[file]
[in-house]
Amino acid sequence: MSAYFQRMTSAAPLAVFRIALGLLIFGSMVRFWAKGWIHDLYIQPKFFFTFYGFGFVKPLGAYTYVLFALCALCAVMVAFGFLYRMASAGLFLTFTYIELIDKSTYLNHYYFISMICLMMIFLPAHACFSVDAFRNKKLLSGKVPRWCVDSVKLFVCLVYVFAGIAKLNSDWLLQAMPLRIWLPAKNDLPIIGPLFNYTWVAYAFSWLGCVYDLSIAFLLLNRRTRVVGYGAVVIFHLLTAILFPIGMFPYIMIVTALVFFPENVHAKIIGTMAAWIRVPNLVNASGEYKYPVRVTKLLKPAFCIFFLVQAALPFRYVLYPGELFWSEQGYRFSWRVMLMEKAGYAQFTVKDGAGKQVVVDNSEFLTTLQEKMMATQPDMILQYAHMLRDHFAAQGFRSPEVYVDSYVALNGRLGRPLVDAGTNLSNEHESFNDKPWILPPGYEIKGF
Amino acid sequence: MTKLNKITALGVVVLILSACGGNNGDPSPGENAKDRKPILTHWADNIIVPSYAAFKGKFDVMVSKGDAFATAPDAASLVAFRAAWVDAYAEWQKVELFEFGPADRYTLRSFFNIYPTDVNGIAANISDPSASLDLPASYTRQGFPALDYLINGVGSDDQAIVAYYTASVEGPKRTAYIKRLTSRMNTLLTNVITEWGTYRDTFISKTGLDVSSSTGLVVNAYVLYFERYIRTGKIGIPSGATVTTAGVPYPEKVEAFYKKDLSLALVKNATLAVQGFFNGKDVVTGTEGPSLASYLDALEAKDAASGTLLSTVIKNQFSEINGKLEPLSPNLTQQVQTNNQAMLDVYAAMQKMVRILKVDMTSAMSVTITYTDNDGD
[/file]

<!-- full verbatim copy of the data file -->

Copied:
[in-house]
Amino acid sequence: MSAYFQRMTSAAPLAVFRIALGLLIFGSMVRFWAKGWIHDLYIQPKFFFTFYGFGFVKPLGAYTYVLFALCALCAVMVAFGFLYRMASAGLFLTFTYIELIDKSTYLNHYYFISMICLMMIFLPAHACFSVDAFRNKKLLSGKVPRWCVDSVKLFVCLVYVFAGIAKLNSDWLLQAMPLRIWLPAKNDLPIIGPLFNYTWVAYAFSWLGCVYDLSIAFLLLNRRTRVVGYGAVVIFHLLTAILFPIGMFPYIMIVTALVFFPENVHAKIIGTMAAWIRVPNLVNASGEYKYPVRVTKLLKPAFCIFFLVQAALPFRYVLYPGELFWSEQGYRFSWRVMLMEKAGYAQFTVKDGAGKQVVVDNSEFLTTLQEKMMATQPDMILQYAHMLRDHFAAQGFRSPEVYVDSYVALNGRLGRPLVDAGTNLSNEHESFNDKPWILPPGYEIKGF
Amino acid sequence: MTKLNKITALGVVVLILSACGGNNGDPSPGENAKDRKPILTHWADNIIVPSYAAFKGKFDVMVSKGDAFATAPDAASLVAFRAAWVDAYAEWQKVELFEFGPADRYTLRSFFNIYPTDVNGIAANISDPSASLDLPASYTRQGFPALDYLINGVGSDDQAIVAYYTASVEGPKRTAYIKRLTSRMNTLLTNVITEWGTYRDTFISKTGLDVSSSTGLVVNAYVLYFERYIRTGKIGIPSGATVTTAGVPYPEKVEAFYKKDLSLALVKNATLAVQGFFNGKDVVTGTEGPSLASYLDALEAKDAASGTLLSTVIKNQFSEINGKLEPLSPNLTQQVQTNNQAMLDVYAAMQKMVRILKVDMTSAMSVTITYTDNDGD